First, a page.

I wonder sometimes where art is headed. Since the first paintings were thrown up on a cave wall, there have been artists, critics and the audience. Those three have been involved in a dance ever since. Do the fast-forwarding from stick figures to print to movies yourself. Every leap and advancement is a story in itself and frankly, I don't have the time or interest to do it for you. I'm just dying to get to the part where I tell you about my new play. Before I do that, let me say that for years I have been torn between trying to impress my peers, gain the respect of the critics and win over the masses. I fully realize that most people have a splash of each within them but I think you're smart enough to know that the masses only think that way because they are dumb as dirt. Don't think that because I find the lack of refinement in common folks detestable that I enjoy the company of artists and critics though. Far from it. When I read a theatrical review of some off-off-Broadway crap that has critics raving simply because it gives them an opportunity to show off their vocabulary and they know in their heart of hearts that nobody will actually take the time to go see the play, it makes my blood boil. I wish the whole pretentious lot of them would simply disappear or, even better, they would be forced to get real jobs.

So where does this leave me and what is my new play about?

I'm glad you asked.

It cost me several million dollars to build the theater that holds it but it was the only way to stage it. When you walk in you'll see why. The entire play takes place on a rollercoaster, a three story rollercoaster that both encircles the audience and plunges in and out of them. No loops but plenty of plunging.

The play is just under two hours long and for the entire time, the rollercoaster is hurling around the audience (save the very first minute where it is climbing up and the cast members riding it are introducing themselves with a bit of dialogue.) There are also a few parts where the rollercoaster slows down to mimic the slow-motion effect of the storyline at that juncture. Other than that, it is going full speed the entire time.

Casting took forever as finding nineteen actors who are impervious to motion sickness was not easy. Even with such careful screening it is rare that we get through an entire production without at least a few of them throwing up at some point. This might also be because they are only allowed to eat corn dogs and cotton candy as the pre-show meal to get them into character. Turnover continues to be a problem but in New York there is never a shortage of actors and actresses willing to have the safety harness pulled down over them.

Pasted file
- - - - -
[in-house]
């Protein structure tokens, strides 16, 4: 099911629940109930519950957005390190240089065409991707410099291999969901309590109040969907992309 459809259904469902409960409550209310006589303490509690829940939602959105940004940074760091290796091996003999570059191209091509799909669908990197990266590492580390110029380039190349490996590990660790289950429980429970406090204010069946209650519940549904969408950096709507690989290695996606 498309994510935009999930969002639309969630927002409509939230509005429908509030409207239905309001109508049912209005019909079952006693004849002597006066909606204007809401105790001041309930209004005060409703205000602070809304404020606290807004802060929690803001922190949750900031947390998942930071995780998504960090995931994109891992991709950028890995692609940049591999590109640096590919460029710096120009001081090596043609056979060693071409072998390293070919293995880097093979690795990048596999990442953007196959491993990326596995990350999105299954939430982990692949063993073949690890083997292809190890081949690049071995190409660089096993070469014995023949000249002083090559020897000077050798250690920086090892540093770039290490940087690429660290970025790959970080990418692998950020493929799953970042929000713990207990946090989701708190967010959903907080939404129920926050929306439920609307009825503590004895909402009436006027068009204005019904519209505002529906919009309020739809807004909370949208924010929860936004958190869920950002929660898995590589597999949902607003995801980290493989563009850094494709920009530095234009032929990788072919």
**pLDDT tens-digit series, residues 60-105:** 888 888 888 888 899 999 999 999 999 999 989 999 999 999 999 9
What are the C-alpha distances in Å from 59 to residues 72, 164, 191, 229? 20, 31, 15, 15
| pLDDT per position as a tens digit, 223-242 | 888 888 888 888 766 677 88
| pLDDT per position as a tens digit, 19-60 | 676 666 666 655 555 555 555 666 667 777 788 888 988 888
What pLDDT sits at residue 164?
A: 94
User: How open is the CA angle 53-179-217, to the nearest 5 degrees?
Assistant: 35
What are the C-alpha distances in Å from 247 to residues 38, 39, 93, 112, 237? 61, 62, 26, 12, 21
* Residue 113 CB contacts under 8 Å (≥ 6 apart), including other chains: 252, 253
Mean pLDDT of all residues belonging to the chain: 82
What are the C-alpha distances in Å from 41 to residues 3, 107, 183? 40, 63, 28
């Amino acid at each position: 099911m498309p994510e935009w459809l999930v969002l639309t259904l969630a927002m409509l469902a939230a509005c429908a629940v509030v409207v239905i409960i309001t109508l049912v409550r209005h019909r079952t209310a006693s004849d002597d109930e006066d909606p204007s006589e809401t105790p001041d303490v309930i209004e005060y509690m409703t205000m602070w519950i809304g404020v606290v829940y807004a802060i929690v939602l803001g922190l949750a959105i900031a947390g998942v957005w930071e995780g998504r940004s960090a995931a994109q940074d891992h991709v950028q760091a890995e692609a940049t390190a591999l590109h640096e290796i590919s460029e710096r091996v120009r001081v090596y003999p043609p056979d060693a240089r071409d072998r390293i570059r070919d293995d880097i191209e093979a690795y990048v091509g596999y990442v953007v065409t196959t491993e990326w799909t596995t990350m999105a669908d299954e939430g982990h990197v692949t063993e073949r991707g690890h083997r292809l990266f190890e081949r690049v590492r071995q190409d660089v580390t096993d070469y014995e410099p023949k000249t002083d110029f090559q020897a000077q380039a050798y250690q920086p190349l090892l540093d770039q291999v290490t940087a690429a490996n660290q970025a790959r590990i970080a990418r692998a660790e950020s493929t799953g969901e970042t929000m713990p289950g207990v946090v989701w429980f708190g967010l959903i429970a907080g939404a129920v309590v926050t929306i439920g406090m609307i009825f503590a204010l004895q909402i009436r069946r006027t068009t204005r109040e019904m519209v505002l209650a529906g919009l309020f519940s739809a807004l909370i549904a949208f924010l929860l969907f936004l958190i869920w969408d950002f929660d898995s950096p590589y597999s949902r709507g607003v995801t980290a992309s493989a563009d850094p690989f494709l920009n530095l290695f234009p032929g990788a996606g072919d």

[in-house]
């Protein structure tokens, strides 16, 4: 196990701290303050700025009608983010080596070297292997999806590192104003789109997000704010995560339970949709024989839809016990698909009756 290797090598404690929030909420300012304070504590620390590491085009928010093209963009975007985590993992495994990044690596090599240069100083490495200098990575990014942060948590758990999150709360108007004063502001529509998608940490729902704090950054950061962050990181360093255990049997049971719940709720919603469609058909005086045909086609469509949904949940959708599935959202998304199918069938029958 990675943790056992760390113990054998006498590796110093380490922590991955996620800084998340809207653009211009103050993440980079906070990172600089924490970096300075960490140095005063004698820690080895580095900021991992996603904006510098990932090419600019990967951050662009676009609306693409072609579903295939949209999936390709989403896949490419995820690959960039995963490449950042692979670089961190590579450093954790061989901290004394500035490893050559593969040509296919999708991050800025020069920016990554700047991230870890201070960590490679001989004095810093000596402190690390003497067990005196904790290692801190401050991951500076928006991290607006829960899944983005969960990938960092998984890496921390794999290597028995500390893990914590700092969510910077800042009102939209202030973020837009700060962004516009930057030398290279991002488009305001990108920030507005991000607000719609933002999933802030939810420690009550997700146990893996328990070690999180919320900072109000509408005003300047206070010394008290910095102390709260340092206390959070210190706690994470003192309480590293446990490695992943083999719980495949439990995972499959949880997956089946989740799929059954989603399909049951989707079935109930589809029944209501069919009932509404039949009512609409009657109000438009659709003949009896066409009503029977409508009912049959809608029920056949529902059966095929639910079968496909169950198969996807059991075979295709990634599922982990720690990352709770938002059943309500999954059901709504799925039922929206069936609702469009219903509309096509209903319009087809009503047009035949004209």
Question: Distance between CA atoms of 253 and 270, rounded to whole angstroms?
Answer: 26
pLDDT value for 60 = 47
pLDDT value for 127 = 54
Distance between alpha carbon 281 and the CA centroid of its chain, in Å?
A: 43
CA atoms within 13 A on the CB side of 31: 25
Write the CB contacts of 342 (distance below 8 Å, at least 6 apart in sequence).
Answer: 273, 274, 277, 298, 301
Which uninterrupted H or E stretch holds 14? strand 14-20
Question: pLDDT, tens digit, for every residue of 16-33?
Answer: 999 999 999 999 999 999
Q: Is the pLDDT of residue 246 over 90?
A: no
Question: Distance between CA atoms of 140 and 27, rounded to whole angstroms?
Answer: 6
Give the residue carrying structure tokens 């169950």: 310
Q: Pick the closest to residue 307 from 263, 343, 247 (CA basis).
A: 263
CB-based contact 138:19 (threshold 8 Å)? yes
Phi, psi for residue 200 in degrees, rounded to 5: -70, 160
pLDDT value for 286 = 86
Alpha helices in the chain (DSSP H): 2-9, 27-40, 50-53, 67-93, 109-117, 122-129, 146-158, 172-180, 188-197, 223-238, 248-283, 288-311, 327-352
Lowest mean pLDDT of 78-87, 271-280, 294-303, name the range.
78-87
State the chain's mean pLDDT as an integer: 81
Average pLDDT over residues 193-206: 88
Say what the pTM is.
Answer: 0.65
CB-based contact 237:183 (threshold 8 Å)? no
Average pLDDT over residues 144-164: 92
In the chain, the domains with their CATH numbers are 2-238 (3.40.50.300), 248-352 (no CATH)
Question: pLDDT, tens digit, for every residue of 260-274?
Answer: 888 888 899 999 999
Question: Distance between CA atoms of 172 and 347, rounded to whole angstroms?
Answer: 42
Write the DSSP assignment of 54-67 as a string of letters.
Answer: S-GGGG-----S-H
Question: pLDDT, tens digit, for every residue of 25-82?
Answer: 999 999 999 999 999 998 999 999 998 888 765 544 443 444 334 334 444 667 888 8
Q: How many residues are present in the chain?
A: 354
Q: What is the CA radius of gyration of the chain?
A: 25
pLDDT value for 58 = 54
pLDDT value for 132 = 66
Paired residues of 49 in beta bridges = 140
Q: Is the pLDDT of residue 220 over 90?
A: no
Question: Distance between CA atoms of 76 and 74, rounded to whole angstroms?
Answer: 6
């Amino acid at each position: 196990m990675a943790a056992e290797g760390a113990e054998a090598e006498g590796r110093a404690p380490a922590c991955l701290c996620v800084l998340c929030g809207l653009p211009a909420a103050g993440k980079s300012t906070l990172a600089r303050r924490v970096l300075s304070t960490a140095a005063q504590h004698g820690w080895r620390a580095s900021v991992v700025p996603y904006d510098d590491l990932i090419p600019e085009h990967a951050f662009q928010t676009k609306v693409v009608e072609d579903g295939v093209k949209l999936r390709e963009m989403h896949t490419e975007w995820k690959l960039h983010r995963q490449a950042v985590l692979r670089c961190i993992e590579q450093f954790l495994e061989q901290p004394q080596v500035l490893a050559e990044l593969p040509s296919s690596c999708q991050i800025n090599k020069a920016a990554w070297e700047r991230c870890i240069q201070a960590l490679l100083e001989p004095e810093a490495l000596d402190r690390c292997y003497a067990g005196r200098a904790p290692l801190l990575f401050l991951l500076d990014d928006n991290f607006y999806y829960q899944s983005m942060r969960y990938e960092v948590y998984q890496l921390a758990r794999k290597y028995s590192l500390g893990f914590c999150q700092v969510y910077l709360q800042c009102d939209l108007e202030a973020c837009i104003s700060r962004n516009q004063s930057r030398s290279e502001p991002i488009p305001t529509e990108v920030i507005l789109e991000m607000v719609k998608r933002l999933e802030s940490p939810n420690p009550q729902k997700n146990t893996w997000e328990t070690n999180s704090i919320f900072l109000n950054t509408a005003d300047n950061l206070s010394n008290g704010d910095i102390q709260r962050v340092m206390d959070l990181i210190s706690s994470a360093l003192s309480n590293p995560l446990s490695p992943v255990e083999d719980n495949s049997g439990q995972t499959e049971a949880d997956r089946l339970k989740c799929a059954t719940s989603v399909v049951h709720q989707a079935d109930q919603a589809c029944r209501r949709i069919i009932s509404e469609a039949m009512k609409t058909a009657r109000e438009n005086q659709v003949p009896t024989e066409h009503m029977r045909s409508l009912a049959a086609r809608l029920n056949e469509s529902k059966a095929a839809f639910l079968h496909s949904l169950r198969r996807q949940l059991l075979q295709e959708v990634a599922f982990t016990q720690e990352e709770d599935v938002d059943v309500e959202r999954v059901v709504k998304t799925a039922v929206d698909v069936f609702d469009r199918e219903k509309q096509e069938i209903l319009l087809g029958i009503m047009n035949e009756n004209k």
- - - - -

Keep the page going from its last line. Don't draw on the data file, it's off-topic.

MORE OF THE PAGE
What is the play about?

Seems a reasonable question but not one that is asked as often as you'd think. In fact, we are entering our fifth month of sold-out shows and I have yet to actually answer it. I mean, I have answered it but I use the language of the critics so at no point do I tell anyone what it is actually about.

Even with the microphones that each actor has, it is almost impossible to hear what they are saying over the roar of the rollercoaster itself and the various screaming of the cast. Doesn't seem to matter, the audiences love it. Particularly when someone throws up. We had an actress come in from a popular TV sitcom and while she only lasted three shows, she was wildly popular because she threw up almost the entire time she was on 'stage'. Short people are upset of course because we have a sign with a hand sticking out in front of the theater saying that you must be "this tall" to appear in the play.

The critics love it. They love me. I would repeat all the great adjectives they've used to describe me but I'm not sure what most of them mean and I would hate for a negative one to sneak in there and tarnish my image.

And my peers? All but one of them have been silent, obviously stewing in their jealousy. But that writer, that thieving bastard, is only two weeks away from the opening of his latest Broadway effort.

The Flume.



About the Author: Lance thinks if he had only one day to live he'd want French toast for dinner. He is the author of Merciful Flush and Results May Vary. Find him @ , Facebook & Twitter.

Story Song: "Ah Leah" by Donnie Iris